Saturday, 28 December 2013

Bibliophilia: ​Cooked: A Natural History of Transformation – Michael Pollan

Cooked: A Natural History of Transformation – Michael Pollan

He is an author that I’ve read several books by, and always enjoy them a lot, including The Omnivore’s Dilemma, (highly recommended reading - the section on corn alone blew my mind) and The Botany of Desire, (where he posits the theory that instead of us manipulating plants for our own ends, plants manipulated us into manipulating them for their own ends. That they held out things we found desirable, and in so doing, they have been spread across the globe.)

The book is structured around the 4 “elements” and explores a cooking technique for each. Fire is explored through Barbecue. Water is explored through Braising. Air is explored through Bread. Earth is explored through Fermentation. He apprentices himself to various experts in each field in order to learn more about the culture and science behind different techniques. The book looks at cooking as a major part of what makes us human - that we manage to take things that are not digestible and use the cooking process as an external organ of digestion. But the book also explores cooking as a fun activity, one that makes us more self reliant and more appreciative of nature. It’s an eloquent and graceful treatise on the importance of bringing food and cooking back into the home.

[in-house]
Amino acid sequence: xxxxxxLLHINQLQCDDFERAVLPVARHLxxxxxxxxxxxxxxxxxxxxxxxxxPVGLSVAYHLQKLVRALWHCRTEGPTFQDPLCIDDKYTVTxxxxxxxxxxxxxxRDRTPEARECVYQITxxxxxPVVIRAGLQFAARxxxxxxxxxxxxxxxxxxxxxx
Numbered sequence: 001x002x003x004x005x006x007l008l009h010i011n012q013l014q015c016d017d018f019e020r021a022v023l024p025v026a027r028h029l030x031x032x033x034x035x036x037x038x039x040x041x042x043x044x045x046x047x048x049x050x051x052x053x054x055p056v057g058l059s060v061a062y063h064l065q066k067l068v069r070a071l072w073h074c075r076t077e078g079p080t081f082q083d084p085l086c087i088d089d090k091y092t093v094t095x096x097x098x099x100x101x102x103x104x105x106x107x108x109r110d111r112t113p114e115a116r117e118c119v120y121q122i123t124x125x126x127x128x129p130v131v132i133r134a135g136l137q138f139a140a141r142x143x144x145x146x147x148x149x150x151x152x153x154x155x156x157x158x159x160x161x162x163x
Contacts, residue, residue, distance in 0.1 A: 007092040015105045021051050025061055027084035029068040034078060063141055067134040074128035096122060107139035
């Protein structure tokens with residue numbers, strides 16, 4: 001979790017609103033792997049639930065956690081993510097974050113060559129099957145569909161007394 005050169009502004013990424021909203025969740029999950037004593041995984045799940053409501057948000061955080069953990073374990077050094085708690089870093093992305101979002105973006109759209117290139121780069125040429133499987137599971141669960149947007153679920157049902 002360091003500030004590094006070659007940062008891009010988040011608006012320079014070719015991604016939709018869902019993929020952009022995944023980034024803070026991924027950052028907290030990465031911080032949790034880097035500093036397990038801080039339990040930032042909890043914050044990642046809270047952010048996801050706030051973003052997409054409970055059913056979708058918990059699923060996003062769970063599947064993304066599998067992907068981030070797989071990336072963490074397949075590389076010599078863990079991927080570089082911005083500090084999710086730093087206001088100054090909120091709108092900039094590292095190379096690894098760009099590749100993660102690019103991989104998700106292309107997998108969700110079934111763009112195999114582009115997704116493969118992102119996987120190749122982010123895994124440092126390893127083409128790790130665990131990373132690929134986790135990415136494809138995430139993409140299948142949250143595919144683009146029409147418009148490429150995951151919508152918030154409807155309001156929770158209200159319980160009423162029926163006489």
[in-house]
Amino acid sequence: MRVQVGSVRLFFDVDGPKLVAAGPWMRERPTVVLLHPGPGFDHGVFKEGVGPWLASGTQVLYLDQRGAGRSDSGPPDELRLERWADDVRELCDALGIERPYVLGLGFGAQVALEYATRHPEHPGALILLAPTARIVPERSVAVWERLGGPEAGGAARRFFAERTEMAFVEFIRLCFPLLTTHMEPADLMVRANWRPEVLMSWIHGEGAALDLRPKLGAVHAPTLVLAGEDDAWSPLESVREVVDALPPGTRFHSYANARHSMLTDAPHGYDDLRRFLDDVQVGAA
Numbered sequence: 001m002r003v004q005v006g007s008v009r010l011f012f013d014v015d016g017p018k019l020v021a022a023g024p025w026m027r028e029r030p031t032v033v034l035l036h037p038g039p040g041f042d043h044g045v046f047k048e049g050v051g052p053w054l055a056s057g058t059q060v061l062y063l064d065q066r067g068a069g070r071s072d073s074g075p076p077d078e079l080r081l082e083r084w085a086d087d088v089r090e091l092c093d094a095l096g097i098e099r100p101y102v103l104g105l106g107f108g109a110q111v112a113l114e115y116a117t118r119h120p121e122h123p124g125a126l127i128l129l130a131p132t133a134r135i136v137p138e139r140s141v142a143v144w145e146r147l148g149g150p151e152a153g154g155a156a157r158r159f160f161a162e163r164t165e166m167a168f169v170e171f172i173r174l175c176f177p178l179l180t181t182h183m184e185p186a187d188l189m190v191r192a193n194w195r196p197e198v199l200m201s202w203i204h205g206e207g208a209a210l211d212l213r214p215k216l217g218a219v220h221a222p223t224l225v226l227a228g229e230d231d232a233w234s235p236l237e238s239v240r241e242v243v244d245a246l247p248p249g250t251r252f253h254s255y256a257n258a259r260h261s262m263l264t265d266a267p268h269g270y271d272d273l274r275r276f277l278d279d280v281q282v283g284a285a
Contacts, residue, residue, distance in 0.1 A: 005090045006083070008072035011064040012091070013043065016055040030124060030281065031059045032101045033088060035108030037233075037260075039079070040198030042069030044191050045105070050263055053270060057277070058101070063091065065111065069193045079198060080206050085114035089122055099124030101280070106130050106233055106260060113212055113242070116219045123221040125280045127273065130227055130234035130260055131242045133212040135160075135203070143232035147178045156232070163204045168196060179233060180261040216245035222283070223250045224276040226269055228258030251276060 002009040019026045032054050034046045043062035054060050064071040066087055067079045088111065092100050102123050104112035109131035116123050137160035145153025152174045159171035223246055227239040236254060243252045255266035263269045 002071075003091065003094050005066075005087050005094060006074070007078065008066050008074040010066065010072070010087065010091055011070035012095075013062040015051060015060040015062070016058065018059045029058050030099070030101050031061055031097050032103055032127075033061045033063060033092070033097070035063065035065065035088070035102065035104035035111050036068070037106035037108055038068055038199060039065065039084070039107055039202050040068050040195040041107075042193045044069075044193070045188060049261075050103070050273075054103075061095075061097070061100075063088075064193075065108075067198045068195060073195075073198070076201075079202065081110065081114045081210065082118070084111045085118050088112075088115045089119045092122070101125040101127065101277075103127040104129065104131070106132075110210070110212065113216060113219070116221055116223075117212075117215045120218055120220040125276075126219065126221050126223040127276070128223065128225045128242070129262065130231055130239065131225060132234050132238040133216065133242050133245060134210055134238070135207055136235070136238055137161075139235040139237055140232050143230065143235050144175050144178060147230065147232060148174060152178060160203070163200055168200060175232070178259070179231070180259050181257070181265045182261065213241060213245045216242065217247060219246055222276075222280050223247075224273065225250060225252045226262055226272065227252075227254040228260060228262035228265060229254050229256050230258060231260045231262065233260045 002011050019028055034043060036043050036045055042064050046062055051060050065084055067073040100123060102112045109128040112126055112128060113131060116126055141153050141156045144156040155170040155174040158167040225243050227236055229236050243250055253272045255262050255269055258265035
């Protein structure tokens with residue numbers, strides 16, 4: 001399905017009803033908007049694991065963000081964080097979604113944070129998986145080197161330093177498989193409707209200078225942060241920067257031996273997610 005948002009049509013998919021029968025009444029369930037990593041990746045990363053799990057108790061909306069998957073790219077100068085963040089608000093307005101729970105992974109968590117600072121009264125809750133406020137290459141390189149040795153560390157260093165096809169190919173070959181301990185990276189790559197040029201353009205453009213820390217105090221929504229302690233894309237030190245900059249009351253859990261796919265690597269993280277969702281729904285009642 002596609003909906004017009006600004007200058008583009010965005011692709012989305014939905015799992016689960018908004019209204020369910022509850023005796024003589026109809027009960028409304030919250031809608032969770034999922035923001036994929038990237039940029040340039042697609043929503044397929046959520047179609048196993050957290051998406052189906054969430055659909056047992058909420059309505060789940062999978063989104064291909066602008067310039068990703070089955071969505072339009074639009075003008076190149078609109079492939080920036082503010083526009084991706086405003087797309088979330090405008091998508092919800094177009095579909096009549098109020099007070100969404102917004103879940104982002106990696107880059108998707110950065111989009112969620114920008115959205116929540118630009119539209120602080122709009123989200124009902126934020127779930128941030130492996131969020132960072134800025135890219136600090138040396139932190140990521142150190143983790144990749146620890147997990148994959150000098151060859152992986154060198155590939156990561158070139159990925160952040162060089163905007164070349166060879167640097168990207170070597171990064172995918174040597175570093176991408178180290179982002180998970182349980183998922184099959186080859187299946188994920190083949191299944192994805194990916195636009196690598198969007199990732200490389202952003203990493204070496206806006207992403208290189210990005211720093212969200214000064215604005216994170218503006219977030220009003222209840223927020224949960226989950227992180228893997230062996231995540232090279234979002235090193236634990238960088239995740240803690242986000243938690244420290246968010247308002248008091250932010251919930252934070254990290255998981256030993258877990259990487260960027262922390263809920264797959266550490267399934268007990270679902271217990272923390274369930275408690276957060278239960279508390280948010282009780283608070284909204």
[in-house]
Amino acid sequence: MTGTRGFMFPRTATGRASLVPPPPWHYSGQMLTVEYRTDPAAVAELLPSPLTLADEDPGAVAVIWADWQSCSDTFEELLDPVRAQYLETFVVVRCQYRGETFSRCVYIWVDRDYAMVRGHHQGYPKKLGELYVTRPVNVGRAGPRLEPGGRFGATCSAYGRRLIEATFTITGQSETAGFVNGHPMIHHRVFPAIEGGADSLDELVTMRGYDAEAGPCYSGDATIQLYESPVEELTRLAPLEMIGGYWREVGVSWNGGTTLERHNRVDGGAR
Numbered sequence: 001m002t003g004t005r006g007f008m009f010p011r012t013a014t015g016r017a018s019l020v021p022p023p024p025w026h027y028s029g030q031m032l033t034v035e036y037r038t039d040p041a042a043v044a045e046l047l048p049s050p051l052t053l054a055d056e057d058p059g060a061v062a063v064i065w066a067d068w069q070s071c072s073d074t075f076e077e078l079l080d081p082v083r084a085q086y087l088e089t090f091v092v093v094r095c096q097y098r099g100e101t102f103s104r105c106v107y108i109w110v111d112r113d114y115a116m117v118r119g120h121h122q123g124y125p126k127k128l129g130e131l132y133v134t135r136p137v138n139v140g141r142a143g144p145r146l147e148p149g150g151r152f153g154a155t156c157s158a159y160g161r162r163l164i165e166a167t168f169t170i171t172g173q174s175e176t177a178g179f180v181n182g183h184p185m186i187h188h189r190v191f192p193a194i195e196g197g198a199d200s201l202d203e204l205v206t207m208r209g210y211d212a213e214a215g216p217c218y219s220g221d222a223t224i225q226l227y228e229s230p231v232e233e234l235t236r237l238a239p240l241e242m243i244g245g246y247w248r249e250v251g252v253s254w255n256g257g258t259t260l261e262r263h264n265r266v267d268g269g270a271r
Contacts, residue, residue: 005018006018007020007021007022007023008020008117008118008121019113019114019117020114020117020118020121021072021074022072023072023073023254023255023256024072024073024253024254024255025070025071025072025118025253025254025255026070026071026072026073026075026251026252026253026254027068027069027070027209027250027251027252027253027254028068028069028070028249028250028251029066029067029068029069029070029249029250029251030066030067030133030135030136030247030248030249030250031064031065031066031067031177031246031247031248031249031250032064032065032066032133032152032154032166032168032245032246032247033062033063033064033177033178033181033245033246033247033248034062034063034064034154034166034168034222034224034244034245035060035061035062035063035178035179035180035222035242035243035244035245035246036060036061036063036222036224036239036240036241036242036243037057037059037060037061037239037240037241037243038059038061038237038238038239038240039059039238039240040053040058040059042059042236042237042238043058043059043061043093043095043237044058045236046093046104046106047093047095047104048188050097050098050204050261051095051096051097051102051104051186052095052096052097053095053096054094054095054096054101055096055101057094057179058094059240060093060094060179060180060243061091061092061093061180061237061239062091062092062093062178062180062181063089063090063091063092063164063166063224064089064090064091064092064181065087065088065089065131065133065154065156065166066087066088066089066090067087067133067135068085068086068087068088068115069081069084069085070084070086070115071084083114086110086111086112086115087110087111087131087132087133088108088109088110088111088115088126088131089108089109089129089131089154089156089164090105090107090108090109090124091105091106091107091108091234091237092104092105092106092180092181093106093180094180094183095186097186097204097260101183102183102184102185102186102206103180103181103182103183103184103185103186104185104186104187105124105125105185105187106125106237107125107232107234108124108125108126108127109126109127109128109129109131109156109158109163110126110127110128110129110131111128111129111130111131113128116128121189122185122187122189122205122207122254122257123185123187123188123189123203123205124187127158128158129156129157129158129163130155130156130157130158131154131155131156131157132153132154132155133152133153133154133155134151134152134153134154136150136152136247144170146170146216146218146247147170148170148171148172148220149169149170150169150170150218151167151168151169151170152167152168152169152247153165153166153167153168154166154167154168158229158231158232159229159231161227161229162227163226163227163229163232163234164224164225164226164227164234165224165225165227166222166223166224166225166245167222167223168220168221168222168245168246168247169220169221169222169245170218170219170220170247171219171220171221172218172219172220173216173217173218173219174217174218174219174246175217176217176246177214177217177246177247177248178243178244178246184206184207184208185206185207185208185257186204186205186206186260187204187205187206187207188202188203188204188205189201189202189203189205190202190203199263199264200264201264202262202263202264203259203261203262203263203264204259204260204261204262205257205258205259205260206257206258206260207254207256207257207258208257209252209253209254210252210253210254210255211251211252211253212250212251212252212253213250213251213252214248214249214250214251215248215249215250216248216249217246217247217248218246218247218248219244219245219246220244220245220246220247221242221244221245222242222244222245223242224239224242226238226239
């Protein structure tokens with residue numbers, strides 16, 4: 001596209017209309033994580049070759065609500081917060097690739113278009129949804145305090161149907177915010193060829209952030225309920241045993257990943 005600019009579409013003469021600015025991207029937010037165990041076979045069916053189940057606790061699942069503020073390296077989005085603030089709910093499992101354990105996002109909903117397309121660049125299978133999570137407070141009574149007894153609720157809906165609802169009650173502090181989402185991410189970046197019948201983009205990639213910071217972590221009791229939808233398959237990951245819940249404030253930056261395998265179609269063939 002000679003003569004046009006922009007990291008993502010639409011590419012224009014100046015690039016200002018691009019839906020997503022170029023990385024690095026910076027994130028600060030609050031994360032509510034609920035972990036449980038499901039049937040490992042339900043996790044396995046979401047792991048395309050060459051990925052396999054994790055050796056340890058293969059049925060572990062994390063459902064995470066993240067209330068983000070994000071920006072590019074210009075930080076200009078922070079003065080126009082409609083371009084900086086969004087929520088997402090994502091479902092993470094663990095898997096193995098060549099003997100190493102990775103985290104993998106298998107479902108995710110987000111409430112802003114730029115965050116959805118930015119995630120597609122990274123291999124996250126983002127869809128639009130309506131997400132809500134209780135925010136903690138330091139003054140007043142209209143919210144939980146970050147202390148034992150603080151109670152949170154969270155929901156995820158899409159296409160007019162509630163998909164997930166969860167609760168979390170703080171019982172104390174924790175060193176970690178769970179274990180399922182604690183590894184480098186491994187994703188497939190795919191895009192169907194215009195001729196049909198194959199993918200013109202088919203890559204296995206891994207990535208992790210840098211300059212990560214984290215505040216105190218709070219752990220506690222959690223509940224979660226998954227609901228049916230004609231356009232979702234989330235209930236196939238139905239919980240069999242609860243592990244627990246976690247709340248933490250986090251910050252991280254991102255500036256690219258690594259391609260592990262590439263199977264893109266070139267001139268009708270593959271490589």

If Pollan has a theme with some of the books that he has tackled so far, it’s the relationships between us and the food we eat - and how we seem to overlook how important it is on so many levels. Cooked isn’t so much a how to, but more of a why to – an anthropology of cooking.

No comments:

Post a Comment